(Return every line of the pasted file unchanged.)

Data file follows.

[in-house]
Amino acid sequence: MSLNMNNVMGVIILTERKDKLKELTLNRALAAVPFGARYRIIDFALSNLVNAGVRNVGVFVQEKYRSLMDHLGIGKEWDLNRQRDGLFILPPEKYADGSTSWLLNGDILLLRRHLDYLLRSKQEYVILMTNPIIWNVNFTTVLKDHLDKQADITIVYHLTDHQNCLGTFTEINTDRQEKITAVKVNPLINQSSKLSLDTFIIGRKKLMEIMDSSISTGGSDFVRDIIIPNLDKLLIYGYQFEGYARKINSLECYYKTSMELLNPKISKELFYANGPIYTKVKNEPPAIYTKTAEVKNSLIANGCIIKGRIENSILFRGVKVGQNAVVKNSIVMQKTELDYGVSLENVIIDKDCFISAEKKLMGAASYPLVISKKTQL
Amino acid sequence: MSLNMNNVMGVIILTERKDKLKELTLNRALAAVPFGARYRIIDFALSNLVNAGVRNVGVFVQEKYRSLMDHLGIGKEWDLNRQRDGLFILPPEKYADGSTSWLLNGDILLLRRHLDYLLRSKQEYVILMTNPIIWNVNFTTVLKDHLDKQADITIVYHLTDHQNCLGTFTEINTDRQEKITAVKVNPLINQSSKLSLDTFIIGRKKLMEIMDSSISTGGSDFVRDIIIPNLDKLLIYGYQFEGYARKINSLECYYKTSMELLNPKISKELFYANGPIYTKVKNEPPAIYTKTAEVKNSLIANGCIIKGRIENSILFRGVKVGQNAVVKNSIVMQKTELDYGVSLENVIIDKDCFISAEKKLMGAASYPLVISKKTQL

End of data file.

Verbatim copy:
[in-house]
Amino acid sequence: MSLNMNNVMGVIILTERKDKLKELTLNRALAAVPFGARYRIIDFALSNLVNAGVRNVGVFVQEKYRSLMDHLGIGKEWDLNRQRDGLFILPPEKYADGSTSWLLNGDILLLRRHLDYLLRSKQEYVILMTNPIIWNVNFTTVLKDHLDKQADITIVYHLTDHQNCLGTFTEINTDRQEKITAVKVNPLINQSSKLSLDTFIIGRKKLMEIMDSSISTGGSDFVRDIIIPNLDKLLIYGYQFEGYARKINSLECYYKTSMELLNPKISKELFYANGPIYTKVKNEPPAIYTKTAEVKNSLIANGCIIKGRIENSILFRGVKVGQNAVVKNSIVMQKTELDYGVSLENVIIDKDCFISAEKKLMGAASYPLVISKKTQL
Amino acid sequence: MSLNMNNVMGVIILTERKDKLKELTLNRALAAVPFGARYRIIDFALSNLVNAGVRNVGVFVQEKYRSLMDHLGIGKEWDLNRQRDGLFILPPEKYADGSTSWLLNGDILLLRRHLDYLLRSKQEYVILMTNPIIWNVNFTTVLKDHLDKQADITIVYHLTDHQNCLGTFTEINTDRQEKITAVKVNPLINQSSKLSLDTFIIGRKKLMEIMDSSISTGGSDFVRDIIIPNLDKLLIYGYQFEGYARKINSLECYYKTSMELLNPKISKELFYANGPIYTKVKNEPPAIYTKTAEVKNSLIANGCIIKGRIENSILFRGVKVGQNAVVKNSIVMQKTELDYGVSLENVIIDKDCFISAEKKLMGAASYPLVISKKTQL